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Contraction-Associated Maternal Heart Rate Decelerations

A Pragmatic Marker of Intrapartum Volume Status

Lappen, Justin R., MD; Chien, Edward K., MD, MBA; Mercer, Brian M., MD

doi: 10.1097/AOG.0000000000002808
Contents: Labor: Original Research

OBJECTIVE: To define and characterize a maternal contraction-associated heart rate deceleration pattern and evaluate its association with maternal volume status.

METHODS: We performed a prespecified secondary analysis of a prospectively collected cohort from a randomized controlled trial of maternal pulse pressure, epidural coload volume, and postepidural complications. Participants were healthy intrapartum women with nonanomalous singleton gestations at 35 weeks of gestation or greater and a category 1 fetal heart rate (FHR) pattern from admission to epidural placement. Those lacking continuous maternal pulse oximetry data before epidural placement were excluded. Maternal heart rate tracings were evaluated for the presence of a contraction-associated heart rate deceleration pattern before epidural placement. Women with and without a contraction-associated heart rate deceleration pattern were compared using univariable and multivariable analyses. The primary outcome was the frequency of a contraction-associated heart rate deceleration pattern in hypovolemic compared with euvolemic women as defined by admission pulse pressure (less than 45 and 50 mm Hg or greater, respectively). Secondary outcomes included the association of a contraction-associated heart rate deceleration pattern with postepidural complications related to maternal volume status including new-onset category 2 and 3 FHR abnormalities, maternal hypotension, and the need for resuscitative obstetric interventions.

RESULTS: Of 414 trial participants, 388 (93.7%) met inclusion criteria, and 124 of these (32.0%) had a contraction-associated heart rate deceleration pattern before epidural placement. The presence of a contraction-associated heart rate deceleration pattern was more frequent among hypovolemic compared with euvolemic women as defined by admission pulse pressure (41.1% vs 13.6%, relative risk [RR] 3.0, 95% CI 1.9–4.8, P<.001). A contraction-associated heart rate deceleration pattern was associated with more frequent postepidural FHR abnormalities (43.5% vs 31.1%, RR 1.4, 95% CI 1.1–1.8, P=.02), diastolic hypotension (63.7% vs 50.0%, RR 1.3, 95% CI 1.1–1.5, P=.01), and the need for resuscitative interventions (33.9% vs 23.1%, RR 1.5, 95% CI 1.1–2.0, P=.03). In multivariable analysis with adjustment for baseline differences between groups, the associations between a contraction-associated heart rate deceleration pattern and abnormal FHR patterns, diastolic hypotension, and the need for resuscitative interventions persisted and were slightly strengthened.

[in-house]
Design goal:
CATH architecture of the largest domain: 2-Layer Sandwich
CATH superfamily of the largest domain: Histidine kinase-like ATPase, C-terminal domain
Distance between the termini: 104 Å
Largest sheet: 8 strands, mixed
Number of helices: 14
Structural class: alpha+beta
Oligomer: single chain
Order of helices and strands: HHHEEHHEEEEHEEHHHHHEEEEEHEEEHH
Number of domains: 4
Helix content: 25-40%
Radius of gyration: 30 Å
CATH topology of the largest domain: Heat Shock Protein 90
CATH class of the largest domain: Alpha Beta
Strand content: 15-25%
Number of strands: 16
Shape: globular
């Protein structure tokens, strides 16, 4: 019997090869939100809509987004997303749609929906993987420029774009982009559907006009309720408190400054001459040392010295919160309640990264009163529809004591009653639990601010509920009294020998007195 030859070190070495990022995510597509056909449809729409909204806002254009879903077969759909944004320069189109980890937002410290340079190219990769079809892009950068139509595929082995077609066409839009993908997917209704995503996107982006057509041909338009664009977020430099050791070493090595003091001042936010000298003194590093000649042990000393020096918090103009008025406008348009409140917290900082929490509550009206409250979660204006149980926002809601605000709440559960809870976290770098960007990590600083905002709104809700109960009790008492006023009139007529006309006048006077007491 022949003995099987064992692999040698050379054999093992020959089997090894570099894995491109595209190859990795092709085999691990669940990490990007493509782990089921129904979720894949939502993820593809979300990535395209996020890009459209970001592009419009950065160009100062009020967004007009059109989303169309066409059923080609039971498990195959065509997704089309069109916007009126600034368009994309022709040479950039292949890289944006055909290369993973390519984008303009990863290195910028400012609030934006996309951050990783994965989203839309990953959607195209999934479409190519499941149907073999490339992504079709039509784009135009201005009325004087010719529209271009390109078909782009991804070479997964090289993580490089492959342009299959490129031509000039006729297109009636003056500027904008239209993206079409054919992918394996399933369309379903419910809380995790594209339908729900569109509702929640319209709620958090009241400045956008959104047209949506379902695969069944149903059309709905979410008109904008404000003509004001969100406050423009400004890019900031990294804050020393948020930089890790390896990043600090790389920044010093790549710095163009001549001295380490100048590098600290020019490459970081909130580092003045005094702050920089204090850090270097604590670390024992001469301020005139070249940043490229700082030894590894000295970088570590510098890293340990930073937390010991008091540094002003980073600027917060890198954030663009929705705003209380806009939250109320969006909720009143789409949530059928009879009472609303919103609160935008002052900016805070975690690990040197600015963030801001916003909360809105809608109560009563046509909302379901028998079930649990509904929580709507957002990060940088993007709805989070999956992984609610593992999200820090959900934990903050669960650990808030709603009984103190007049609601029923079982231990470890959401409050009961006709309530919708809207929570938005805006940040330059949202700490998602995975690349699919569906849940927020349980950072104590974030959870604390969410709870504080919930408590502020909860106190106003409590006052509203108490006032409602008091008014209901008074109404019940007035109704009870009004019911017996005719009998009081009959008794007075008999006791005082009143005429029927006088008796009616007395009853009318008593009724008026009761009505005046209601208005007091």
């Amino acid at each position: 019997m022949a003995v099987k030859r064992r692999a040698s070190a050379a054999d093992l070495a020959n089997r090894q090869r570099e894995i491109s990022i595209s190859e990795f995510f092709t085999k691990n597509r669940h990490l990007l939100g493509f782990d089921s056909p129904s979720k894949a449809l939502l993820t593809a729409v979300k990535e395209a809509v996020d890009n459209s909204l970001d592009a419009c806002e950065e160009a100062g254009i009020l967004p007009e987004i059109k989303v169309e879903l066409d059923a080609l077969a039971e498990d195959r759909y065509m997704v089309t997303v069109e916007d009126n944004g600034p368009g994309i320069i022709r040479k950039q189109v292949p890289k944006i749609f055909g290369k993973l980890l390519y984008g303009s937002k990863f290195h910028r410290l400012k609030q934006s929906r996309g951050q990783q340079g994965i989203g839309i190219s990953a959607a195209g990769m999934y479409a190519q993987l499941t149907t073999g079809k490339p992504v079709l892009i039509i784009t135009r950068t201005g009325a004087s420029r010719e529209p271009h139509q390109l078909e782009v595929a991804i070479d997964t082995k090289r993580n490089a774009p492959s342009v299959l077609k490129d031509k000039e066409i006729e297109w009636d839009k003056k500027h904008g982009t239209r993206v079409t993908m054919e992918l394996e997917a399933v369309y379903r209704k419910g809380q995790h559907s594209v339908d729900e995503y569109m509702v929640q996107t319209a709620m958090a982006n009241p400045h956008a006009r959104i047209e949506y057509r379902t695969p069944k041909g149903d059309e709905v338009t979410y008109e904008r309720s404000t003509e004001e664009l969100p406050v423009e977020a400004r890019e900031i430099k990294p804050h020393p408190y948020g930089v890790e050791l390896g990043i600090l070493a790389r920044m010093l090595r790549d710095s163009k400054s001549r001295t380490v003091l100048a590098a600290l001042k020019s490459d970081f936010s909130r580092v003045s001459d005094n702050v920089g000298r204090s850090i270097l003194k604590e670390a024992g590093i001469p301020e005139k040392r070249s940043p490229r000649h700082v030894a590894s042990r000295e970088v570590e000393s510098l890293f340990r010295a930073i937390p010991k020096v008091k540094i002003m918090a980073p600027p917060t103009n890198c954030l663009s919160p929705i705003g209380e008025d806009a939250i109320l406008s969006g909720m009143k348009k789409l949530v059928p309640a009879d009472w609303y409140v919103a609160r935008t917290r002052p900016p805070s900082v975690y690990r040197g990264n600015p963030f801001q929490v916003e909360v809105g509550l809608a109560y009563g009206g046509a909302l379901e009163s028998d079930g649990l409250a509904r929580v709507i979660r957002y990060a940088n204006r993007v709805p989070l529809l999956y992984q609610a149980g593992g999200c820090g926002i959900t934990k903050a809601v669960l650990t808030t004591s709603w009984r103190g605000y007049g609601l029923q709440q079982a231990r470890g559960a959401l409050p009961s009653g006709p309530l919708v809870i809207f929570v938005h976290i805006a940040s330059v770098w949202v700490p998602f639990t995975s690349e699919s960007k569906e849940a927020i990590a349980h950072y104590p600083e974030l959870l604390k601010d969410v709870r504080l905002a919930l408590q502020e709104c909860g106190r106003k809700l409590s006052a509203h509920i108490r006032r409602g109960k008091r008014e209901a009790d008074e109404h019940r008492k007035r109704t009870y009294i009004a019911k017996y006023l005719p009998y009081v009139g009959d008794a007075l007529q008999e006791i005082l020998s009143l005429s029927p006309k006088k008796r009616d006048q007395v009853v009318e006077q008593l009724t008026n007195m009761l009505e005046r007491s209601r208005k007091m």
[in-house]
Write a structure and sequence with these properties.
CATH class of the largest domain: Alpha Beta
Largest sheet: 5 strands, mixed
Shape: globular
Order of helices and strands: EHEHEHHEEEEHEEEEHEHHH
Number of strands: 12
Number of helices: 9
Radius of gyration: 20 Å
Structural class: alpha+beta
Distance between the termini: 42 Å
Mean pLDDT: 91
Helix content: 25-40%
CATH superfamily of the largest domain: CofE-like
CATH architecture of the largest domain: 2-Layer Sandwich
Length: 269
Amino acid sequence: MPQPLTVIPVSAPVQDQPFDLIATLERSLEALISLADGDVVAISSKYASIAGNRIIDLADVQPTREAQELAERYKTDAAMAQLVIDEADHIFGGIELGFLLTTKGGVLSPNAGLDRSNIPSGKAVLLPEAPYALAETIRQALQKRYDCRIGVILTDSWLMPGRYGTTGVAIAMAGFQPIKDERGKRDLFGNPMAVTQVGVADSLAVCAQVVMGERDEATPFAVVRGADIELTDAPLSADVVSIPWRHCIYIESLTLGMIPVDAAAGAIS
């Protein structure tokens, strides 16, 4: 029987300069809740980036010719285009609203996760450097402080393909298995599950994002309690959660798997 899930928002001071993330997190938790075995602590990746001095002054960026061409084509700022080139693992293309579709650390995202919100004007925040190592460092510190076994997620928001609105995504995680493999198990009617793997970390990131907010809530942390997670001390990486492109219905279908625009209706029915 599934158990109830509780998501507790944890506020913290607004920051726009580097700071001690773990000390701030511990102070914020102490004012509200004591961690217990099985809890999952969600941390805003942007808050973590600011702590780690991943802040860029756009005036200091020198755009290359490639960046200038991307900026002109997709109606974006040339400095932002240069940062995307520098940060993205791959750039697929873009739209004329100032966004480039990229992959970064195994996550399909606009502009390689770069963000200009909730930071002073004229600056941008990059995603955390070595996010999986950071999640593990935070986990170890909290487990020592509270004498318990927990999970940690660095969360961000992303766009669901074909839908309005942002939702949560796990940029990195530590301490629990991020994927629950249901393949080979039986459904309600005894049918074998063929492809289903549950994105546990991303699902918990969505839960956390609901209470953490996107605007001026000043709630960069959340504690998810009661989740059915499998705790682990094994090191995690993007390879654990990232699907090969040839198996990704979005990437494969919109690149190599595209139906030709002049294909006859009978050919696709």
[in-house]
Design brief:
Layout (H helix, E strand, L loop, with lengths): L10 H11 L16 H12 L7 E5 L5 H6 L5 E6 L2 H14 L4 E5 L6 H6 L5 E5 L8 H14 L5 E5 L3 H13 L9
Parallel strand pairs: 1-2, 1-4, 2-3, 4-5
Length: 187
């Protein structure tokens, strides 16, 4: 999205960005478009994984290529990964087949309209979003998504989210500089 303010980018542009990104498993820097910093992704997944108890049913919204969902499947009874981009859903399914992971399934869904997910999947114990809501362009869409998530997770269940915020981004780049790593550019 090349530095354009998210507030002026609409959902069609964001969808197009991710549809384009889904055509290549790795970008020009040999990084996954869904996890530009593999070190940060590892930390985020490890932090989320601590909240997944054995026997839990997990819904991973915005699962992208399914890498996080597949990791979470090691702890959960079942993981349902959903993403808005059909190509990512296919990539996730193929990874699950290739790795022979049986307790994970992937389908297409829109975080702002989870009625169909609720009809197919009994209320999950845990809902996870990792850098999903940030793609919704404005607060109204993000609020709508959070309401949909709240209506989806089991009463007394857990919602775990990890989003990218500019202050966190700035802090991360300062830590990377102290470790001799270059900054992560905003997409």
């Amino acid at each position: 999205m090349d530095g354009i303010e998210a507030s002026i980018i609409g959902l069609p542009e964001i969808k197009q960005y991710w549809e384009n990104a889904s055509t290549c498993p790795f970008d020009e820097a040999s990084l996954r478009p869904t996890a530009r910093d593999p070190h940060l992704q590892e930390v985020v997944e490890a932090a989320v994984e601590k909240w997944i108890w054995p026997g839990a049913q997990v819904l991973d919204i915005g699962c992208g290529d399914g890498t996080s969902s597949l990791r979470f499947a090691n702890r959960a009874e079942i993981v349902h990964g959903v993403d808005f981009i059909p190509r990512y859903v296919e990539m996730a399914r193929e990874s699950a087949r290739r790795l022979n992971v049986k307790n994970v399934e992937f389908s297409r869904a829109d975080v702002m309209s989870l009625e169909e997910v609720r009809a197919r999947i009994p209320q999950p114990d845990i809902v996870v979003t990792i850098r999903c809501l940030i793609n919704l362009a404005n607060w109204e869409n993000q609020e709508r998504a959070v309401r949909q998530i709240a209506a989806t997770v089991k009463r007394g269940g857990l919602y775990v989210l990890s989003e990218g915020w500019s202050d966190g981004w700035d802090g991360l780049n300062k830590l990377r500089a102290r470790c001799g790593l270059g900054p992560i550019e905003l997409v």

CONCLUSION: The maternal contraction-associated heart rate deceleration pattern is a pragmatic, bedside visual indicator of intrapartum maternal volume status. A contraction-associated heart rate deceleration pattern is threefold more frequent among hypovolemic compared with euvolemic women as defined by admission pulse pressure and is associated with postepidural complications including abnormal FHR patterns, diastolic hypotension, and the need for resuscitative interventions. The contraction-associated heart rate deceleration pattern highlights a novel role for intrapartum maternal heart rate assessment and may inform the individualization of intrapartum fluid management.

The maternal contraction-associated heart rate deceleration pattern is a pragmatic, bedside visual indicator of maternal volume status and highlights a novel role for intrapartum maternal heart rate assessment.

Division of Maternal-Fetal Medicine, University Hospitals Cleveland Medical Center, and the Division of Maternal-Fetal Medicine, MetroHealth Medical Center, Case Western Reserve University School of Medicine, Cleveland, Ohio.

Corresponding author: Justin R. Lappen, MD, Division of Maternal-Fetal Medicine, Department of Obstetrics and Gynecology, University Hospitals Cleveland Medical Center, 11100 Euclid Avenue, MAC 5034, Cleveland, OH 44106; email: Justin.Lappen@UHhospitals.org.

Financial Disclosure The authors did not report any potential conflicts of interest.

Presented at the Society for Maternal-Fetal Medicine's 38th Annual Meeting, January 29–February 3, 2018, Dallas, Texas.

Each author has indicated that he has met the journal's requirements for authorship.

Received March 23, 2018

Received in revised form June 12, 2018

Accepted June 21, 2018

© 2018 by The American College of Obstetricians and Gynecologists. Published by Wolters Kluwer Health, Inc. All rights reserved.